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Long-Run Patterns of Demand: The Expenditure System of the CDES Indirect Utility Function - Theory and Applications


  • Bjarne S. Jensen
  • Paul de Boer


In this paper, we unify and extend the analytical and empirical application of the ”indirect addilog” expenditure system, introduced by Leser (1941), Somermeyer- Wit (1956) and Houthakker (1960). Using the Box-Cox transform, we present a parametric analysis of the Houthakker specification of the fundamental indirect utility function - called the CDES specification (constant differences of Allen elasticities of substitution) by Hanoch (1975). It is shown that the CDES demand system is less restrictive than implied by standard parameter restrictions in the literature, Hanoch (1975), Deaton & Muellbauer (1980), or else neither adequately indicated, Houthakker (1960), Silberberg & Suen (2001). Our parametric examination implies that Marshallian own-price elasticities are no longer restricted to being all larger than one in absolute value; hence CDES can now naturally exhibit both the inelastic and elastic own price elasticities of observable (Marshallian) demands. Furthermore, we argue that in computable general equilibrium models (CGE), the CDES compares favorably with other expenditure systems, e.g. the linear expenditure system (LES), since CDES and LES need the same outside information for calibration of the parameters, but CDES is not confined to constancy of marginal budget shares (linear Engel curves). Moreover, we show that the non-homothetic CDES preferences are a simple and natural extension of the homothetic CES (constant elasticities of substitution) preferences, and, accordingly, CDES can more realistically be used in specifying CGE models with a demand side of non-unitary income elasticities. A succint theoretical briefing of the CDES history with general and concise formulas is offered. We illustrate CDES estimation and the calculation of a comprehensive set of income and price elasticities by applying CDES to Danish budget survey data. With a large number budget items included, coherent numerical values for the income, own, and cross price elasticities, as shown here, seem nowhere calculated and available in the voluminous literature.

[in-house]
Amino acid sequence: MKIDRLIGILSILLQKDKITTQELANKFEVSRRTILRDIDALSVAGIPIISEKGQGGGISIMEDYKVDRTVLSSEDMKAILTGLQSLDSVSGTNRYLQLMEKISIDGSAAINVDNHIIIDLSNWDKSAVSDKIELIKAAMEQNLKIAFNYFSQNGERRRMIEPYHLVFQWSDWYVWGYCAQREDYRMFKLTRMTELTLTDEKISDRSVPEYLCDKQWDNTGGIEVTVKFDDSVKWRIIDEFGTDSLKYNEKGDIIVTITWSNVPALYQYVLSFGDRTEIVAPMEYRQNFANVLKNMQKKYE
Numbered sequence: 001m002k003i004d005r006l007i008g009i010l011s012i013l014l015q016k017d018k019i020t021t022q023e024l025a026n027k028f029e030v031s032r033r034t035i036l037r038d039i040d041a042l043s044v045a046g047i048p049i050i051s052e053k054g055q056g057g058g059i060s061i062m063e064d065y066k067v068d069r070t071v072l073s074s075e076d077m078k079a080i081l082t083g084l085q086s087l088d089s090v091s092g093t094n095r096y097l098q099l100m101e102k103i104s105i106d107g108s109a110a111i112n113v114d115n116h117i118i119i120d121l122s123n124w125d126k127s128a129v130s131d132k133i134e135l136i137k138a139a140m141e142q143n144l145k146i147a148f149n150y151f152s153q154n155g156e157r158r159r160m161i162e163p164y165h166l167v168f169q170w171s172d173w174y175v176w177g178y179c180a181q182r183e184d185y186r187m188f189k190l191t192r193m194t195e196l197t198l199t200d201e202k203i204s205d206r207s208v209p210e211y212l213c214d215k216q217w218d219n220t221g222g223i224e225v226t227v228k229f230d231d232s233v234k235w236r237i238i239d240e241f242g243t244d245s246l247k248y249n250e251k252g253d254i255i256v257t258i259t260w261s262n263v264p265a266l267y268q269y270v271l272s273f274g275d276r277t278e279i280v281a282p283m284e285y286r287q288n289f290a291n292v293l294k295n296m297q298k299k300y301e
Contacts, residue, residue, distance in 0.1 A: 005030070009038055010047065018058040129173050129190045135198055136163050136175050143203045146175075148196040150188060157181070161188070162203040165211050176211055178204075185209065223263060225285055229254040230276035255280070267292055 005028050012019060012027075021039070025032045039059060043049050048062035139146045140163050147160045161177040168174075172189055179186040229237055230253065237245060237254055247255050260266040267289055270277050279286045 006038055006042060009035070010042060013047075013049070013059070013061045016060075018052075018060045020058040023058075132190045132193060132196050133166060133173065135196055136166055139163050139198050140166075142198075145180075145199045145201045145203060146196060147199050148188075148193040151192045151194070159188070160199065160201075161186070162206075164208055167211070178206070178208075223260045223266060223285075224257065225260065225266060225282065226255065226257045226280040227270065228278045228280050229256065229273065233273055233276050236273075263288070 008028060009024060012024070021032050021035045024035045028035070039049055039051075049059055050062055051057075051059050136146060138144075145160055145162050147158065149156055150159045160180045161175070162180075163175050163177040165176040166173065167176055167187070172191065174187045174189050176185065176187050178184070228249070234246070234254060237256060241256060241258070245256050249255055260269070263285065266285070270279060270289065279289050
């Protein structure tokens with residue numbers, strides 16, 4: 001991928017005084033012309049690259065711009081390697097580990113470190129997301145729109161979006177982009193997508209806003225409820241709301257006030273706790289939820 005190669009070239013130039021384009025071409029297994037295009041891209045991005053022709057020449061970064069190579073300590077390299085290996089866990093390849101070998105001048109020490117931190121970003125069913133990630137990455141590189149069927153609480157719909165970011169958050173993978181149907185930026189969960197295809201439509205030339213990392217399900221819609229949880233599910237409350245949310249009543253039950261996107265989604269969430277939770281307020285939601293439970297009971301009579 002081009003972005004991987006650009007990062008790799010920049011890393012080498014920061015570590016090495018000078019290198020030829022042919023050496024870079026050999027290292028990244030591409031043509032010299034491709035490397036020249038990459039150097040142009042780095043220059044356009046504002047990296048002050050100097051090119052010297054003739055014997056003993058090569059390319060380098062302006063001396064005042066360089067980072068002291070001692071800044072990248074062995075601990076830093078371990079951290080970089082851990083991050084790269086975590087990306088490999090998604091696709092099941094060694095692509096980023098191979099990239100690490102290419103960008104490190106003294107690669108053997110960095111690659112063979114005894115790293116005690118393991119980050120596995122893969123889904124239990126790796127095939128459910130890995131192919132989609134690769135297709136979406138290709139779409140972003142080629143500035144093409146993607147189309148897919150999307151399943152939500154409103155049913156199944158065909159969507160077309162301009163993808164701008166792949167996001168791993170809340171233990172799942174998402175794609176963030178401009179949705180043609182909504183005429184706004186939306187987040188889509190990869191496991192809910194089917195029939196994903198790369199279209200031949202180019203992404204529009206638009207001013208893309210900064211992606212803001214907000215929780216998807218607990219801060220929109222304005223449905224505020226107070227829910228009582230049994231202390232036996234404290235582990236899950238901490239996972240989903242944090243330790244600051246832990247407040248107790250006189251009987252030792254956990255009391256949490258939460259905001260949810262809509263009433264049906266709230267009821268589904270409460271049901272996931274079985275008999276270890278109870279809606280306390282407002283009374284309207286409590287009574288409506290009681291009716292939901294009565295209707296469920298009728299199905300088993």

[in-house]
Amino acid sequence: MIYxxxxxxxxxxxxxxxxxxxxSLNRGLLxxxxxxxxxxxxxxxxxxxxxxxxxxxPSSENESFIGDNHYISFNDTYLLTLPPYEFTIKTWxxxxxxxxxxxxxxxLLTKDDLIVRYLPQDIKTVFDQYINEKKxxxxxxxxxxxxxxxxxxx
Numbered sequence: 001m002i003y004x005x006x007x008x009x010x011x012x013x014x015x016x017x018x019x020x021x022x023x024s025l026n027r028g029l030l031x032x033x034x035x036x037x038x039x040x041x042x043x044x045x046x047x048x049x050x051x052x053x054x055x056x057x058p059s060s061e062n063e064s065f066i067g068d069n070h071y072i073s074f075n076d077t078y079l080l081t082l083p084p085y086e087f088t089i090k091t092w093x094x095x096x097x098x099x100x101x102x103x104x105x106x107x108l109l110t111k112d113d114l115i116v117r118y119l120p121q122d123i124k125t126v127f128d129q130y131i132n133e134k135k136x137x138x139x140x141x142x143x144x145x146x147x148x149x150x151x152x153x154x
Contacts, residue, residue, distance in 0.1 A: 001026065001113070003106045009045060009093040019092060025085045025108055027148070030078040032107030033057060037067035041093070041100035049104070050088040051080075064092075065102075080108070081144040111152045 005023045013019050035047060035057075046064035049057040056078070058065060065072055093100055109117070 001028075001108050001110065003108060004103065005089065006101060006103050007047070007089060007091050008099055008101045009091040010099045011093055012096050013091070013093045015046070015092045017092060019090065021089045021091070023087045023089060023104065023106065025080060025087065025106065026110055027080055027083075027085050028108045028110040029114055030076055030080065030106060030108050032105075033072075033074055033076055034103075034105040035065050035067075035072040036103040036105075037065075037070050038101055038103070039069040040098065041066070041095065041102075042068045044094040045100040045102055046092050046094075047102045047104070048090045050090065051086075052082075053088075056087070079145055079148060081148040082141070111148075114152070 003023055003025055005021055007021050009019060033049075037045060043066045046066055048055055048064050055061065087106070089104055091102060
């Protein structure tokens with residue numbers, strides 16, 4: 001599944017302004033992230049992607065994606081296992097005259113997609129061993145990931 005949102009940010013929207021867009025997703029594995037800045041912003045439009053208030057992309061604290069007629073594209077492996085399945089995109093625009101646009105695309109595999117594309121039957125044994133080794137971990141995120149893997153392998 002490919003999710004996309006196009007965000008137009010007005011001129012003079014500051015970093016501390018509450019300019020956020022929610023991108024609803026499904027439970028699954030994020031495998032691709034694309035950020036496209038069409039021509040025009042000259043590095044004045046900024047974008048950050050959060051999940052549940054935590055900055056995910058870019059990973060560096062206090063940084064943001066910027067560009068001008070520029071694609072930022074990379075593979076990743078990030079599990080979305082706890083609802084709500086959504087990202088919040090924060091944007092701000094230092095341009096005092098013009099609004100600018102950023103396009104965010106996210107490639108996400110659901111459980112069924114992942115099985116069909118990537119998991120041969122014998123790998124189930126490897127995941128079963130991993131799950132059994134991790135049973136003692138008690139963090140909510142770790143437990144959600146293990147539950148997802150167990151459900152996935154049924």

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  • Bjarne S. Jensen & Paul de Boer, 2006. "Long-Run Patterns of Demand: The Expenditure System of the CDES Indirect Utility Function - Theory and Applications," DEGIT Conference Papers c011_056, DEGIT, Dynamics, Economic Growth, and International Trade.
  • Handle: RePEc:deg:conpap:c011_056

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    References listed on IDEAS

    1. Barten, A. P., 1969. "Maximum likelihood estimation of a complete system of demand equations," European Economic Review, Elsevier, vol. 1(1), pages 7-73.
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    4. William A. Barnett, 1979. "Theoretical Foundations for the Rotterdam Model," Review of Economic Studies, Oxford University Press, vol. 46(1), pages 109-130.
    5. de Boer, P.M.C. & Missaglia, M., 2005. "Introducing the indirect addilog system in a computable general equilibrium model: a case study for Palestine," Econometric Institute Research Papers EI 2005-25, Erasmus University Rotterdam, Erasmus School of Economics (ESE), Econometric Institute.
    6. Cramer, J. S., 1970. "Interaction of price and income in consumer demand," European Economic Review, Elsevier, vol. 1(3), pages 428-436.
    7. Deaton, Angus S & Muellbauer, John, 1980. "An Almost Ideal Demand System," American Economic Review, American Economic Association, vol. 70(3), pages 312-326, June.
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    Cited by:

    1. Martin O'Brien & Raymond Markey & Eduardo Pol, 2018. "The Short Run Impact of Penalty Rate Cuts on Employment Outcomes in Retail and Hospitality Sectors in Australia," Economic Papers, The Economic Society of Australia, vol. 37(3), pages 270-286, September.
    2. Paul De Boer & Richard Paap, 2009. "Testing non‐nested demand relations: linear expenditure system versus indirect addilog," Statistica Neerlandica, Netherlands Society for Statistics and Operations Research, vol. 63(3), pages 368-384, August.
    3. Phil Lewis, 2014. "Paying the Penalty? The High Price of Penalty Rates in Australian Restaurants," Agenda - A Journal of Policy Analysis and Reform, Australian National University, College of Business and Economics, School of Economics, vol. 21(1), pages 5-26.

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    CDES demand systems; non-homothetic preferences; general price elasticities; CGE modeling; budget data implementation;
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